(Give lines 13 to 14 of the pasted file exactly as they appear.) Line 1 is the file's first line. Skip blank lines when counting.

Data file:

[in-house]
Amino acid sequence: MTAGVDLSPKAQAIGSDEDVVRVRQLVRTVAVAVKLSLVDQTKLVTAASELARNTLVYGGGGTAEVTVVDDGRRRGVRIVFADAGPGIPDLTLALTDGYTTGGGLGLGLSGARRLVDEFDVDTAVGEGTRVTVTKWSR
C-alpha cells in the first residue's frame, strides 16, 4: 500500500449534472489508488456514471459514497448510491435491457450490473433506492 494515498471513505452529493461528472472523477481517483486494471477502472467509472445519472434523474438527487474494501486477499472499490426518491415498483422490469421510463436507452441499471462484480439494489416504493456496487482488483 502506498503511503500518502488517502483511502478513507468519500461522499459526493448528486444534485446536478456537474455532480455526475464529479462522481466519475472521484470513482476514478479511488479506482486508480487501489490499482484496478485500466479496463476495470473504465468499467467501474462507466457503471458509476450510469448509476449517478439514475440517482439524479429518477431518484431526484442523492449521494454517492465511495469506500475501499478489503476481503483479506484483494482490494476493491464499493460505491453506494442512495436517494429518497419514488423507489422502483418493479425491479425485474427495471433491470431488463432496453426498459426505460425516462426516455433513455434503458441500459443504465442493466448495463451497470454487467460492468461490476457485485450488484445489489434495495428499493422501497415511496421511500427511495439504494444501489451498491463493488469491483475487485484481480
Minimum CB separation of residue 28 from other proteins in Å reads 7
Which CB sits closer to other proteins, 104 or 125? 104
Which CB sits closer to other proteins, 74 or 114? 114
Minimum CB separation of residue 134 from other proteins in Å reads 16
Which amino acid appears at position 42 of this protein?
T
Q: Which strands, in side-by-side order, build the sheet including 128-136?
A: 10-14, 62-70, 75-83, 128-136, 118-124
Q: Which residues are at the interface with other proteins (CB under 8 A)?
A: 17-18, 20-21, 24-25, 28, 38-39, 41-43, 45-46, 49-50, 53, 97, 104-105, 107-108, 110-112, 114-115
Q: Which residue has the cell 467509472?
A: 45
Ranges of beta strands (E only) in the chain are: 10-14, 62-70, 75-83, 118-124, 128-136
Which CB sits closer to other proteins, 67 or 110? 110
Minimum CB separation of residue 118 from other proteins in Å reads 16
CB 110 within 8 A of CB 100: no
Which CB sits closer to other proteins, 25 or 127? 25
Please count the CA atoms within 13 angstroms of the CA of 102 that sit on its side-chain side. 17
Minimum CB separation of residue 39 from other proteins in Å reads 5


A: 17-18, 20-21, 24-25, 28, 38-39, 41-43, 45-46, 49-50, 53, 97, 104-105, 107-108, 110-112, 114-115
Q: Which residue has the cell 467509472?